In 1896, a man called Charles Sheldon wrote a book entitled In His Steps. According to Wikipedia, the book was a novel based on a series of sermons he had preached. I wonder a bit about how you create a novel out of sermons–the two seem to be somewhat unrelated in my mind. I, like many other people, have never read–or even seen the novel. However, I, like many other people, have a connection with the novel because of its sub-title.
Sheldon used the phrase, “What would Jesus do?” as the sub-title of his book and through a series of events, that phrase became something of a Christian fad in the 1990s. There was a little twist, though, because at the end of the 1800s, people had time and spoke in complete thoughts whereas by the 1990s, we were too busy and stressed to use complete thoughts so we used initials. As a result the 1896 phrase, “What would Jesus do” was reduced to “WWJD”–we also didn’t have time for punctuation in the 1990s.
As well as being faster to write and perhaps say, WWJD was also short enough to be easily reproduced on jewellery and WWJD bracelets became very popular. Sheldon’s work in the 1890s enjoyed a new burst of popularity in the 1990s. In fact, it may have been more popular in the 1990s than the 1890s because wearing a bracelet is a lot less work than reading a book, especially one published in 1896, a time when language was formal and somewhat overly wordy.
The good thing about the whole fad was that people were actually thinking about their actions in the context of their faith. Anything that encourages us to really integrate our faith is a good thing. I didn’t actually wear a bracelet but like many preachers of that time, I probably at least referred to it in my preaching.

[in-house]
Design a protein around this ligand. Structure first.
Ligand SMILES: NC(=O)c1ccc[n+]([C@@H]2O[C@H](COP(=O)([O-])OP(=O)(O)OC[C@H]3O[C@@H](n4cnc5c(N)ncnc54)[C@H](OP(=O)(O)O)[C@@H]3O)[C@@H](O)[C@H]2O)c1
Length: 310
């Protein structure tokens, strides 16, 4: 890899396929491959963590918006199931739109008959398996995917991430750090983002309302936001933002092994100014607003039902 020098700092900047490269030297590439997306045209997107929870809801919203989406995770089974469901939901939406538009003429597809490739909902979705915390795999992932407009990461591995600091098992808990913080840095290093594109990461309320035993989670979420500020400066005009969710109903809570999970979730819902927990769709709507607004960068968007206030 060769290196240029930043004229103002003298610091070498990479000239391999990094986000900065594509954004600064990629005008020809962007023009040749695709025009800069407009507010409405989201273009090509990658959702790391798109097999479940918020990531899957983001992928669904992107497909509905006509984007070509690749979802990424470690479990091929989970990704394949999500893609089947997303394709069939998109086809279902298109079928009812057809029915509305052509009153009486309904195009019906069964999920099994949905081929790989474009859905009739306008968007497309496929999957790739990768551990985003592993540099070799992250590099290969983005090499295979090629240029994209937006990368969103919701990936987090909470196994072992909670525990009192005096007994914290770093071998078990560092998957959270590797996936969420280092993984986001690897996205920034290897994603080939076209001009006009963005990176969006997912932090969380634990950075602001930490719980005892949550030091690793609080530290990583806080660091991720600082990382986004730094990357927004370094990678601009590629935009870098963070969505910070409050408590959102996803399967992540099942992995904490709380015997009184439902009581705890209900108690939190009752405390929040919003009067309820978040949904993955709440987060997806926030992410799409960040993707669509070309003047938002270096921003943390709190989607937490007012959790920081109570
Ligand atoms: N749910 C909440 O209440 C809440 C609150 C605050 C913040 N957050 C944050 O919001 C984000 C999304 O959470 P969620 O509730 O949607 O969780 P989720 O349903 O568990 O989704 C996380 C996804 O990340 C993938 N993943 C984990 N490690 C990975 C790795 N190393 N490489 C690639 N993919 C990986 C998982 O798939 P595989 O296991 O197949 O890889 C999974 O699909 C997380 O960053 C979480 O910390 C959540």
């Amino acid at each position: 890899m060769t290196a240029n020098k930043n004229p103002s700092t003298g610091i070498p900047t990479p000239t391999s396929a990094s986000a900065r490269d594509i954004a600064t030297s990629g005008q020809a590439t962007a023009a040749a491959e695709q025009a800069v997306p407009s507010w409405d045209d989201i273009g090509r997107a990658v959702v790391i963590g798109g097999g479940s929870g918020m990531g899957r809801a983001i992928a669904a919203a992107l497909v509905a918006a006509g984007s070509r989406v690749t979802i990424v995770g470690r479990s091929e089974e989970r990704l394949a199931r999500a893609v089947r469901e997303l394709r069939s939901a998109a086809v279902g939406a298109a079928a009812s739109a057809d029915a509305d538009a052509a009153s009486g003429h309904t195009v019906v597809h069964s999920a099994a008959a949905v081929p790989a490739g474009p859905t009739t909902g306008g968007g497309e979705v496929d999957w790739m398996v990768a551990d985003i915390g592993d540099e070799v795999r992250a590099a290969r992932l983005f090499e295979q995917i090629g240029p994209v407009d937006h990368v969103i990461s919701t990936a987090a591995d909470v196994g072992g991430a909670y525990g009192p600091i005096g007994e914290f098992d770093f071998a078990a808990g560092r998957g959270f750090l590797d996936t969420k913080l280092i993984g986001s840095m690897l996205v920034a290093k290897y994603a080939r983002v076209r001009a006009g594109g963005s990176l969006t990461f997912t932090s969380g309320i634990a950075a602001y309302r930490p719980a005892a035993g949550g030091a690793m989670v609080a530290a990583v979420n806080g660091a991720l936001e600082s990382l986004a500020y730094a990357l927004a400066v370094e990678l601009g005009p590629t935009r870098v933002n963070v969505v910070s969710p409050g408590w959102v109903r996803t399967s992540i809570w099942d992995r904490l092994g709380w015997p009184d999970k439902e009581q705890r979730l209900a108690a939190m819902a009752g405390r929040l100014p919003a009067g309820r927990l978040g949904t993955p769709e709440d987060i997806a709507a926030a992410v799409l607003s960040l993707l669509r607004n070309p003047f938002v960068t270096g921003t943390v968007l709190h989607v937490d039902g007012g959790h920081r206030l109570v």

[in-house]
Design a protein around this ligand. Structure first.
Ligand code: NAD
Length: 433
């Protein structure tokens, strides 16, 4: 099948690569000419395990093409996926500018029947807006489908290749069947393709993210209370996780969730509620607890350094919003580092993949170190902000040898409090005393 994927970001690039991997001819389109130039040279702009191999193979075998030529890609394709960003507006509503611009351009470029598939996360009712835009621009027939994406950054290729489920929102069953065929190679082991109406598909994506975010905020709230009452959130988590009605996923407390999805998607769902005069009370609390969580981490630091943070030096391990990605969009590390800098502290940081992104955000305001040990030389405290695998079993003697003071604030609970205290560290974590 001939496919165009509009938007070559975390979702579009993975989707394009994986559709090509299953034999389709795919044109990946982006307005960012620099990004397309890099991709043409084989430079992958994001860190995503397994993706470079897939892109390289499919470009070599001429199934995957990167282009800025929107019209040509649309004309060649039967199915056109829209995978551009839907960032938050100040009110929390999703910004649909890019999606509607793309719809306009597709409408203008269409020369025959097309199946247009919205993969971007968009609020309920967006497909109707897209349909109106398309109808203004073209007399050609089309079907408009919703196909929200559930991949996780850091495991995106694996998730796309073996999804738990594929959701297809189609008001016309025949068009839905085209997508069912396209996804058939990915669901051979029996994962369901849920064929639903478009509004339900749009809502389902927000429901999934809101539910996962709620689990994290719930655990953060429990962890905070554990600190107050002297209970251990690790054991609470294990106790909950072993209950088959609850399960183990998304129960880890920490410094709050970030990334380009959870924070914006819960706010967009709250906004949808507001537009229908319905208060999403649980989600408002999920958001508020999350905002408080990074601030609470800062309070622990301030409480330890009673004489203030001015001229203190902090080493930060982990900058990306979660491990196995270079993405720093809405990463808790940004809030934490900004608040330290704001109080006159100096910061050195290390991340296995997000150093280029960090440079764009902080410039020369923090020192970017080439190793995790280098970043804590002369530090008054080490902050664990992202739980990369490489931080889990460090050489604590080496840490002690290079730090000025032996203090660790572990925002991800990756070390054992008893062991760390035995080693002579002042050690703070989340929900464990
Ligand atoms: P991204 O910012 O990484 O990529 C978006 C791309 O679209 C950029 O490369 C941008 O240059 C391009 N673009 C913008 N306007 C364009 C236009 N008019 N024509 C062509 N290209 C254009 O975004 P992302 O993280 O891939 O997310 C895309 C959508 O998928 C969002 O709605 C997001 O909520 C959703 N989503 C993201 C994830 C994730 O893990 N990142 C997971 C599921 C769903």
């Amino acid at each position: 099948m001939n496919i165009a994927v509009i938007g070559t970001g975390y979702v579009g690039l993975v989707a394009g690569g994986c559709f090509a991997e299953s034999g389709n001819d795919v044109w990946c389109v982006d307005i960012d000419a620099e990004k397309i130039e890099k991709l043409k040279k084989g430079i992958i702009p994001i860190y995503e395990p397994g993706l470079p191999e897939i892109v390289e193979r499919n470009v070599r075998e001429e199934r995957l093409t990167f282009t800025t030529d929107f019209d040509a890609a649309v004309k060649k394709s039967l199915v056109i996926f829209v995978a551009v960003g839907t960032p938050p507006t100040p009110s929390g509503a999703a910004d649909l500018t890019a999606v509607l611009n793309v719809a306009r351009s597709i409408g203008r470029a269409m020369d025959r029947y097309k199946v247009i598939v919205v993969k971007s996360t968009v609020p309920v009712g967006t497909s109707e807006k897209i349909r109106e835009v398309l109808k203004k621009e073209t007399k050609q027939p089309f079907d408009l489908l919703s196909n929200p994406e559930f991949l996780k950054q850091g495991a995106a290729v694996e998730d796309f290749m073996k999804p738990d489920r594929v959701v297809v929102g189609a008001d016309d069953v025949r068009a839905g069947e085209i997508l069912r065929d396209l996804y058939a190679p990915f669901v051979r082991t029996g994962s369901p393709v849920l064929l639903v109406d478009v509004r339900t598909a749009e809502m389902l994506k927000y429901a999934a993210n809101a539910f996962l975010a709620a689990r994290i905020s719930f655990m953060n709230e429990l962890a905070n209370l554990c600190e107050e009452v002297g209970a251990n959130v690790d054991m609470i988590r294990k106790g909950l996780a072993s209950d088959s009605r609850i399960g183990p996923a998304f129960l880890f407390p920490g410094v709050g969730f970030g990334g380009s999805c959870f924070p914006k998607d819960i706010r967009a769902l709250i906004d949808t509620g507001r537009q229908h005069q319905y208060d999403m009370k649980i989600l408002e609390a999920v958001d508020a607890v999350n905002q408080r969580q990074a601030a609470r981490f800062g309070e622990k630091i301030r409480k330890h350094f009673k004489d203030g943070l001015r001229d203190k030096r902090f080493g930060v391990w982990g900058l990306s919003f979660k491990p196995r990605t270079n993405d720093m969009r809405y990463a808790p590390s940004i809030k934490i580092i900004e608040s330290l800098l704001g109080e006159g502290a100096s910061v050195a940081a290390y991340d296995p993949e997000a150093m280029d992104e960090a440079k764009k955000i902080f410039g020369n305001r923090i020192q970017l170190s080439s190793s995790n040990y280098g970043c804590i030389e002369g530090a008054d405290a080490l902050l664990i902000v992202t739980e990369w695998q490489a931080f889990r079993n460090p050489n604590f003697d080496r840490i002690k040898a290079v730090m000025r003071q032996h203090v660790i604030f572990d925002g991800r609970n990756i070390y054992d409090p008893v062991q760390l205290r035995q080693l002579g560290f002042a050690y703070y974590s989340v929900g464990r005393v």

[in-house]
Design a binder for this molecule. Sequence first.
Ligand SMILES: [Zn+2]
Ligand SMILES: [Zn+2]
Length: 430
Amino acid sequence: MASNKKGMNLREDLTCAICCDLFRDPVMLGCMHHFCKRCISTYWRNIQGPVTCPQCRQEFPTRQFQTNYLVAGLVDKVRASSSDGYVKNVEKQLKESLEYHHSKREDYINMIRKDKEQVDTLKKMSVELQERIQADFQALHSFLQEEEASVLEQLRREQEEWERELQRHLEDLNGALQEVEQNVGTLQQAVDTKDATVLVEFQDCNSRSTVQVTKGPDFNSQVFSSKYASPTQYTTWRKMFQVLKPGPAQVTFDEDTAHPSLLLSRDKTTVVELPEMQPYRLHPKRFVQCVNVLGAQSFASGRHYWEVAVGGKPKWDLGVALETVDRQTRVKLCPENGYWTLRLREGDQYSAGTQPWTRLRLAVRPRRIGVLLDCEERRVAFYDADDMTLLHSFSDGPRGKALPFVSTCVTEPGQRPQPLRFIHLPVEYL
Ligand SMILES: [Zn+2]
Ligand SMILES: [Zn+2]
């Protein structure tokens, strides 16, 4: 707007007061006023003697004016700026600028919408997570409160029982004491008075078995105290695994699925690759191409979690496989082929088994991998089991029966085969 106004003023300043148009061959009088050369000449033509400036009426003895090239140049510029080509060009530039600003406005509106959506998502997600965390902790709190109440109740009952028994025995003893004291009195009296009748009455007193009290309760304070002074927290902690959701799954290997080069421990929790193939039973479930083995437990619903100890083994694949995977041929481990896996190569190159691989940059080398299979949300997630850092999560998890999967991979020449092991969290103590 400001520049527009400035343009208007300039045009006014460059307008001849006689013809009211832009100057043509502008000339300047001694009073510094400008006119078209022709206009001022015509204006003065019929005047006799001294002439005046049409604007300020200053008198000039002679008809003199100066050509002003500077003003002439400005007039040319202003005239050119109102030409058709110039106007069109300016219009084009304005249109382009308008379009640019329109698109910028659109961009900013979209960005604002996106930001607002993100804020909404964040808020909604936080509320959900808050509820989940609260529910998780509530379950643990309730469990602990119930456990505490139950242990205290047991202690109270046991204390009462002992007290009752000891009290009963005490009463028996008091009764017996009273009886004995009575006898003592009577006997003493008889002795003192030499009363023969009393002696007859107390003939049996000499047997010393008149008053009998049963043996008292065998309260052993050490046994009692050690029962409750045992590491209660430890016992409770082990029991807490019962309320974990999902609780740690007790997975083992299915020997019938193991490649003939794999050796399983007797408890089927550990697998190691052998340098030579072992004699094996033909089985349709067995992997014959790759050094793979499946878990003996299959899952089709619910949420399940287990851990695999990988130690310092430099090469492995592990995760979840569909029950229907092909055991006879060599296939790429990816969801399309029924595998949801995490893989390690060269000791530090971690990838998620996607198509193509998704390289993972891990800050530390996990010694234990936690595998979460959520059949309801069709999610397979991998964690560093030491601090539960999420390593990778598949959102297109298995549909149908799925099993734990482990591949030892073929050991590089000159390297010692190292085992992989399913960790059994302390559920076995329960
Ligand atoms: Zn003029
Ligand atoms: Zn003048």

And while I think WWJD is a good thing and would encourage people to ask themselves that question, there is one little (or maybe not so little) problem with WWJD. If we are looking to Jesus’ actions as an example for our actions, we are fine if we face a starving crowd of people, 10 lepers looking for healing, a woman caught in adultery and so on. Mind you, we might have some serious difficulty feeding thousands with biscuits and sardines but we could stretch the interpretation to include food banks and emergency food aid programs.
However, what of the things that we face that Jesus didn’t face–or may have faced but the Gospel writers didn’t choose to record? The Gospels don’t show us Jesus interacting with a gay couple wanting to get married. They don’t show Jesus talking with a young rape victim trying to decide if she should have an abortion. They don’t show Jesus dealing directly with terrorism and racial prejudice and gender issues.
In many of those situations, the answer to WWJD seems to be that Jesus would do what I want to do–so Christians end up acting in totally opposite ways in response to the same thing and all claim to be doing what Jesus would have done. With no actual precedent to quote, WWJD ultimately allows us to baptize our actions.
So, maybe before we ask WWJD, we need to ask another question, one that probably doesn’t get asked enough. Maybe we need to focus on “What was Jesus like?” first–we can even reduce it to WWJL as a concession to our era. Jesus’ actions grew out of his character and personality and if we have a better understanding of his character, we stand a better chance of answering WWJD in a way that is consistent with what he was.
Unfortunately, WWJL isn’t as easy to answer as WWJD. WWJL requires that we take the time to serious look at Jesus. And that means serious time with the Gospels. We don’t have the physical presence of Jesus–but we do have the record of significant parts of his life and from that record, we can develop a picture of what Jesus was like. And once we have a better sense of WWJL, it becomes easier to answer WWJD. It also becomes less likely that we will be tempted to baptize our desires–the more we learn what Jesus was like, the more we discover that we have a long way to go in our spiritual development.
May the peace of God be with you.